Facebook Pixel Code
Section banner image
Paediatric Laboratory Medicine

Fragile X Syndrome: FMR1 Trinucleotide Repeat Analysis

Clinical Significance

Fragile X syndrome is an X-linked disorder with variable expression in carrier males and females. It is more severe in males than in females, although females are more likely to transmit the disease to their children. Affected males usually have mental retardation, behaviour problems and speech and language delays. They may also have a number of physical characteristics of the syndrome. Approximately 35 per cent of females who carry the mutation are mentally retarded to varying degrees, although usually less than affected males. Many show emotional and problem solving difficulties as well as learning disabilities.

The gene responsible for Fragile X Syndrome is called FMR-1 and is located on the X chromosome. The normal gene contains a three base pair sequence, which is repeated on each X chromosome (called a CGG repeat). Although variable in the general population, the number of repeats is usually inherited without change from generation to generation. The principal mutation causing Fragile X Syndrome is an expansion of the CGG repeat sequence within the FMR-1 gene. The mutation is also associated with abnormal methylation of the FMR-1 gene. Methylation interferes with normal FMR-1 gene expression, resulting in the Fragile X phenotype.

In normal individuals the number of CGG repeats within the FMR-1 gene ranges in size from six to 44 repeats, whereas patients affected with the Fragile X Syndrome show expansion ranges greater than 200 repeats (full mutation). Expansions in the number of repeats between 55 to 200 are called premutations and usually do not result in any symptoms of Fragile X in females or in males (called 'carrier females' and 'transmitting males'). However, premutations are unstable and may expand further when transmitted to offspring, resulting in a full mutation and Fragile X Syndrome. Expansions of 45-54 repeats are considered intermediate. Alleles in this range are stable in some families but unstable in others and may lead to premutations in subsequent generations. In approximately one per cent of Fragile X cases, point mutations or deletions, rather than expansions, in the FMR-1 gene are the cause of the syndrome.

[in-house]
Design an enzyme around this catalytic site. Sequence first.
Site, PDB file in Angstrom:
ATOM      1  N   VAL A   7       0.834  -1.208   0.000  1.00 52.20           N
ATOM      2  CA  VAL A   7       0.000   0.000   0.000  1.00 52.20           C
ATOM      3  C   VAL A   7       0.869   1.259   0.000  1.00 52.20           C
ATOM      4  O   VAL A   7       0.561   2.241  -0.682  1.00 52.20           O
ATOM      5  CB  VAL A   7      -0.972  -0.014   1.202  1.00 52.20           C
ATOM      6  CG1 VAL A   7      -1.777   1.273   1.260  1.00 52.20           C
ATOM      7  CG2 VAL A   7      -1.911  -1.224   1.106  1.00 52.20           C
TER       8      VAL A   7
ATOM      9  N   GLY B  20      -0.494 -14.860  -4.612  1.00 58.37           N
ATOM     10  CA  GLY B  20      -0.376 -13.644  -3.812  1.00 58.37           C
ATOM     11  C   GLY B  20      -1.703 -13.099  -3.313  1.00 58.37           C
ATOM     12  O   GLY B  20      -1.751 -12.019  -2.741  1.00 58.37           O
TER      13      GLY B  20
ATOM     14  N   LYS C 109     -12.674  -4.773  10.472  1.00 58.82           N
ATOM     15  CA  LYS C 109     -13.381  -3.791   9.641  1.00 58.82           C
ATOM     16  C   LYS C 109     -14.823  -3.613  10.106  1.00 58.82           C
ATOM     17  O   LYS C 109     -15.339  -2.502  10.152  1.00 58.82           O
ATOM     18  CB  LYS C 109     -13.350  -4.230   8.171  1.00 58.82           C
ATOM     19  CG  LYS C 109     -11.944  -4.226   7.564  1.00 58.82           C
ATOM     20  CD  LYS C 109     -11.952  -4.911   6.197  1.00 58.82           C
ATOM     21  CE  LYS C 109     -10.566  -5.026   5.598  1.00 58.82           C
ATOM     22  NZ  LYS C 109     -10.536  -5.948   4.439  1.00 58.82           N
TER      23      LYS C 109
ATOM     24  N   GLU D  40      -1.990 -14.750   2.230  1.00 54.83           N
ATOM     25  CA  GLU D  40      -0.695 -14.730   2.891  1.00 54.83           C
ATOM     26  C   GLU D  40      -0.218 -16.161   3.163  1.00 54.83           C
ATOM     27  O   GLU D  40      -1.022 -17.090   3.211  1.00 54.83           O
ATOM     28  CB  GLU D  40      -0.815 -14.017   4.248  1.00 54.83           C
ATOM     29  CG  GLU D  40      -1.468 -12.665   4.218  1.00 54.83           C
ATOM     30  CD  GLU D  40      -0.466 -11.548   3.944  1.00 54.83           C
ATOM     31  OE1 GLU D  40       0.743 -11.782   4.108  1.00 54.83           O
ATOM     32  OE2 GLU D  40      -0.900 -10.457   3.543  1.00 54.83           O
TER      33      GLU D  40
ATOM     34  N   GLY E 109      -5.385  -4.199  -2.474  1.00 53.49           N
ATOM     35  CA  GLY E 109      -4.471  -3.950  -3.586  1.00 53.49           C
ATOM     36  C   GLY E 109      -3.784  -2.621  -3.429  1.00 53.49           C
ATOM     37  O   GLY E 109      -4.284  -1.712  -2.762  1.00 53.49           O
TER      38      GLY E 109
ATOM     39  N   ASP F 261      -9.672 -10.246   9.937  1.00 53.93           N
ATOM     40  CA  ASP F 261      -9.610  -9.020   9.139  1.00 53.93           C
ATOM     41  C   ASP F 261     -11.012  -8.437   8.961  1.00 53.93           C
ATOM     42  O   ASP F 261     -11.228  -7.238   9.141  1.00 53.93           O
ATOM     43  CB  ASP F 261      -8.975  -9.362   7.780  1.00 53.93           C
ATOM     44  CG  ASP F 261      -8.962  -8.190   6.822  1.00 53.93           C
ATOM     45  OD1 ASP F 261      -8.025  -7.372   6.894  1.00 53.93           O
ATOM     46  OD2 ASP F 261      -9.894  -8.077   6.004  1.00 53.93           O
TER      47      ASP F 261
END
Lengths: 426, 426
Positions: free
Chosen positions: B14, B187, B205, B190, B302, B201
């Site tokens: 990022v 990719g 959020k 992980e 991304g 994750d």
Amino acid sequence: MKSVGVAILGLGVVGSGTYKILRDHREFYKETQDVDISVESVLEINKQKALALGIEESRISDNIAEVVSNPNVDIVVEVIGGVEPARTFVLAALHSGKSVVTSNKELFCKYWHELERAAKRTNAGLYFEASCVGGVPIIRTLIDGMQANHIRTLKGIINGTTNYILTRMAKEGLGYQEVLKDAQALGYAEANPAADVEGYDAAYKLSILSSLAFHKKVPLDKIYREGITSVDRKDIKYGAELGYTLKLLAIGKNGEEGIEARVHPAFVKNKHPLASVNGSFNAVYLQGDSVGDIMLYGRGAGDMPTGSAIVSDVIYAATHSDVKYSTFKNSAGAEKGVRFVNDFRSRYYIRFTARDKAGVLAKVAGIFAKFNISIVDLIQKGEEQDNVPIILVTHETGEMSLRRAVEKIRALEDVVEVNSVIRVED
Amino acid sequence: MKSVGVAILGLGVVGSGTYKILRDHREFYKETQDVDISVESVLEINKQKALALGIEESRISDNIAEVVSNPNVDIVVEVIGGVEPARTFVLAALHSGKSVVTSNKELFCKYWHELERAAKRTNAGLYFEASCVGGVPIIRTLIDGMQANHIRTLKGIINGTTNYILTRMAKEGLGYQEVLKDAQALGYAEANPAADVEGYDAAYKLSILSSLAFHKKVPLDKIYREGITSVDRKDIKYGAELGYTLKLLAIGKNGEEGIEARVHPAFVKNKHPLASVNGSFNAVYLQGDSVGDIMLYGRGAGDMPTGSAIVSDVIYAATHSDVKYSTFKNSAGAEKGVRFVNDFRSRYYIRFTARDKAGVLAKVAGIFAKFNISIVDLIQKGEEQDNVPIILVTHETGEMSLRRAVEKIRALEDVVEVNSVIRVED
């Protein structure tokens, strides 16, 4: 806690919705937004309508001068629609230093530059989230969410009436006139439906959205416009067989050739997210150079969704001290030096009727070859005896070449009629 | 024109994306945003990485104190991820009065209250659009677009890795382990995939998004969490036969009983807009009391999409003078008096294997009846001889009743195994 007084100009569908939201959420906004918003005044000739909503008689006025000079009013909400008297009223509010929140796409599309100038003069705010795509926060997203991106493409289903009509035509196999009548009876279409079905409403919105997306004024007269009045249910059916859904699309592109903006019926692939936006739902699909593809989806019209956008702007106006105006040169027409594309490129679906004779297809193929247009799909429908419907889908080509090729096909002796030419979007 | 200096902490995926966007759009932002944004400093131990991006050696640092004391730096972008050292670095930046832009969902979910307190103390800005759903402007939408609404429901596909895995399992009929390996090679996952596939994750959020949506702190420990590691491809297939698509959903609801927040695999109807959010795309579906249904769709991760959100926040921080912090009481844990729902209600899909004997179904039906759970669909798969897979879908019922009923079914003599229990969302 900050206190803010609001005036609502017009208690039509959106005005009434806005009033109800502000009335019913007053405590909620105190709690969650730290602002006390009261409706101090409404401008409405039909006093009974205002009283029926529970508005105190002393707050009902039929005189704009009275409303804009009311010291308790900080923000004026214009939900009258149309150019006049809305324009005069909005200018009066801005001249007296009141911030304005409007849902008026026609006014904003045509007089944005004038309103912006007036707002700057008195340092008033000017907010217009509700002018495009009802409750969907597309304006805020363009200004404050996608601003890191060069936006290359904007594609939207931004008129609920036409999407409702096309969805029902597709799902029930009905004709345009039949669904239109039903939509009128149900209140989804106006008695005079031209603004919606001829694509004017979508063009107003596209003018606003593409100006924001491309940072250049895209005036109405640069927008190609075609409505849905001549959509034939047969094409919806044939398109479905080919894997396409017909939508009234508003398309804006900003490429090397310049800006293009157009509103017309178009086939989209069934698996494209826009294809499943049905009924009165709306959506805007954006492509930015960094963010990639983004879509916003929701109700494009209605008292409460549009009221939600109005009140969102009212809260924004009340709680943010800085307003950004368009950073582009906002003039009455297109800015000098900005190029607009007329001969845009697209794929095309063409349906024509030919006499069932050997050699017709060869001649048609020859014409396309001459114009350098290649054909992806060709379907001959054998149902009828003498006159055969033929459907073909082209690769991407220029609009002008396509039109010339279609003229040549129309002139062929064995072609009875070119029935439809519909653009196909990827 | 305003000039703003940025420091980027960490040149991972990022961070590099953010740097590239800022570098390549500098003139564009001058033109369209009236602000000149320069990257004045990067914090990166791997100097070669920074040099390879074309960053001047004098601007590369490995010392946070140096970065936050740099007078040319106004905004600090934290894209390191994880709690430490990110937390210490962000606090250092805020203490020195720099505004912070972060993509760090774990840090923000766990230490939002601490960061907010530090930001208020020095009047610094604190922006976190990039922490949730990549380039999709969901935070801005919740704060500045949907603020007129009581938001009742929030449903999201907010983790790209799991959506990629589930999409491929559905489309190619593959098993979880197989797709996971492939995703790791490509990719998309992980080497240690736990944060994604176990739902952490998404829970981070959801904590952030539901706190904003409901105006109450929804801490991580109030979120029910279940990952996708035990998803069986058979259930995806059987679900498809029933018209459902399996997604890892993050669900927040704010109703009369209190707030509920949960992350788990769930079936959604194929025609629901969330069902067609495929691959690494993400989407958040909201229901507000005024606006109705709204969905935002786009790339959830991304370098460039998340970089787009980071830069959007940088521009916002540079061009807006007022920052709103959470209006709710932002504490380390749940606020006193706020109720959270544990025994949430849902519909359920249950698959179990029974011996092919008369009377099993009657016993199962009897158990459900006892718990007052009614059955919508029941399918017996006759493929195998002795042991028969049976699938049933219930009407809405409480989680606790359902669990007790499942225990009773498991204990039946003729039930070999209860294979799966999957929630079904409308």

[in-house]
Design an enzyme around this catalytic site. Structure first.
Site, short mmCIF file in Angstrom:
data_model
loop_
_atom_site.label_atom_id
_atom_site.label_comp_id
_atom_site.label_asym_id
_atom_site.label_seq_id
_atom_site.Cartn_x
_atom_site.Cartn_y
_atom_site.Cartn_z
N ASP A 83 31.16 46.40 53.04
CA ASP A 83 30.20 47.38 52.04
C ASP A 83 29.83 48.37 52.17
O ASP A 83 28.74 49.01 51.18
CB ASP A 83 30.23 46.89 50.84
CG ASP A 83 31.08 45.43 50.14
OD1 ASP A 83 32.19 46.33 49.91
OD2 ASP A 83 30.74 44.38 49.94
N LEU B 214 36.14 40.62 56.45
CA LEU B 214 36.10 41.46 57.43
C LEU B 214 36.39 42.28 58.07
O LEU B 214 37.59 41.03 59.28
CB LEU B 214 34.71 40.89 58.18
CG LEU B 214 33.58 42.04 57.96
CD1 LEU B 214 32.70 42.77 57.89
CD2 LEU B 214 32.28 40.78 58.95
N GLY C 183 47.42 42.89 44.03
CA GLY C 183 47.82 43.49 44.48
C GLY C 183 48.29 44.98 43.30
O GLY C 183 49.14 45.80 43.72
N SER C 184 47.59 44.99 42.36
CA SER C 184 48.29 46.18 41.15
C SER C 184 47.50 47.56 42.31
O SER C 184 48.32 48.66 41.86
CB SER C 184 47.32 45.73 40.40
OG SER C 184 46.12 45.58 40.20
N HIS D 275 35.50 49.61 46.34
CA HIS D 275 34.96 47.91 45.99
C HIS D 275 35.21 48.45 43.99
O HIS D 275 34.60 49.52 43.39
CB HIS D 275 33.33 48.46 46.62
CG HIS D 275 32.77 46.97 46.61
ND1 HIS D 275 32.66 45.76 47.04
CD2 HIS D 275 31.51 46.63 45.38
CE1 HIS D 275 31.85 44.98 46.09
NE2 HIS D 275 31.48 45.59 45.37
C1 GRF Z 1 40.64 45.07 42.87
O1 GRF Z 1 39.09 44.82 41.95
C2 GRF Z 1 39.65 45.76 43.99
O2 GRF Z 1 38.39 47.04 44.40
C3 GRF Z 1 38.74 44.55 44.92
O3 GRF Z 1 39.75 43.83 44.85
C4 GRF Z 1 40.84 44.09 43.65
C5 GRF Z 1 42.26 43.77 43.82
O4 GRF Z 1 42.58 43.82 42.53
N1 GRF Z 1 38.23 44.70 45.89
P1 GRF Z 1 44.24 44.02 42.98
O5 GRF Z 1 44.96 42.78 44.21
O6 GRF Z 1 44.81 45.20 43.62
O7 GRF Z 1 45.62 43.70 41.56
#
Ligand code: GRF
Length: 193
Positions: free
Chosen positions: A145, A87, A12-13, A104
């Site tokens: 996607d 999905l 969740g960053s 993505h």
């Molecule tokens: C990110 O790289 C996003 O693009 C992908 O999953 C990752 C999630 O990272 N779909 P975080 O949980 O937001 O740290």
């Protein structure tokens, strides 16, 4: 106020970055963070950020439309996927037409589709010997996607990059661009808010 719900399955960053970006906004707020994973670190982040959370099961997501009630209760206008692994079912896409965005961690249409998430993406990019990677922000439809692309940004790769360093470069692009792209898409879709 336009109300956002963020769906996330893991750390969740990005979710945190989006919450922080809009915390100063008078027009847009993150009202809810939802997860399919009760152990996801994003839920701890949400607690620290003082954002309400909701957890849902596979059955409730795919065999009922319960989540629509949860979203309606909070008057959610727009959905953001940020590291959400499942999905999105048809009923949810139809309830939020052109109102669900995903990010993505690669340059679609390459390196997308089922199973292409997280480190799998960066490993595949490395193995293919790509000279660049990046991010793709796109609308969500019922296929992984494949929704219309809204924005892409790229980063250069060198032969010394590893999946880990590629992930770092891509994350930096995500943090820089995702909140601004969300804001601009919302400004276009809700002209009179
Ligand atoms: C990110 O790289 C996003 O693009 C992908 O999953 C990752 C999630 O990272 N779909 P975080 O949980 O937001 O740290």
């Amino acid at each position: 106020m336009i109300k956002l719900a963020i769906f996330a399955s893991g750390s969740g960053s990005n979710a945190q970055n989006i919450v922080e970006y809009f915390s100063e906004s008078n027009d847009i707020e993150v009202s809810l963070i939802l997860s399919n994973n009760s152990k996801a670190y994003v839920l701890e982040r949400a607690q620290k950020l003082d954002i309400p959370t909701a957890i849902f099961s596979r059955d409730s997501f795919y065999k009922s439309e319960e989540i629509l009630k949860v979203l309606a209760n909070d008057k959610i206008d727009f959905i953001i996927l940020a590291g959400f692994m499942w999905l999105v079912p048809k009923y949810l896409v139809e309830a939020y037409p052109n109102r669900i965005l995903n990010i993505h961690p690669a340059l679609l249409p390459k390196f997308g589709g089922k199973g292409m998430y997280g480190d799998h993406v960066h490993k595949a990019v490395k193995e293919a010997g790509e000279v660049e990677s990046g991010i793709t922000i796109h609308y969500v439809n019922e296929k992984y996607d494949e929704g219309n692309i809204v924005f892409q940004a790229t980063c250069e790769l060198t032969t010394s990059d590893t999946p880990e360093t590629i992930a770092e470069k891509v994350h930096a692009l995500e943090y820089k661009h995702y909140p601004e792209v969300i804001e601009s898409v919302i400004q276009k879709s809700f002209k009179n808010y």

Test Name

Fragile X Syndrome: FMR1 Trinucleotide Repeat Analysis

Alternate Name/ Synonym

  • FRAXA syndrome
  • Fragile X Tremor Ataxia syndrome
  • FXTAS
  • FMR1-related primary ovarian insufficiency

Gene Name

  • FMR1

Alternate Gene Name

FMRP, FRAXA

Test Code

FRAX

Division

Molecular Genetics

Method

FMR1 5'UTR trinucleotide (CGG) repeat analysis via PCR

External Proficiency Testing

CAP

Turn Around Time

2 weeks (Prenatal samples), 2-3 weeks (Pregnancy/Urgent samples), 4-6 weeks (Routine)

Protein

Fragile X mental retardation protein 1

Disease/Condition

Fragile X Syndrome

Specimen Type

Blood; gDNA. 

For details about specimen requirements, please refer to: Specimen Type & Requirements (PDF).

Minimum Specimen Requirements

5-10 mL EDTA or ACD 0.5 mL EDTA (neonate); minimum 10 ug in 100 uL low TE (pH8.0)

Storage/Transportation

Room Temperature

Special Requirements

Special Instructions for Genome Diagnostics Samples

If sample shipment >48 hours, ship on ice.

Approval is not required

CPT Codes

81243

Shipping and Contact Information

The Hospital for Sick Children
Rapid Response Laboratory
170 Elizabeth Street, Room 3642
Toronto, ON
M5G 2G3
Canada
Phone: 416-813-7200
Phone: 1-855-381-3212

Interpretation

Interpretation is provided in report

Information Sheet: Fragile X Syndrome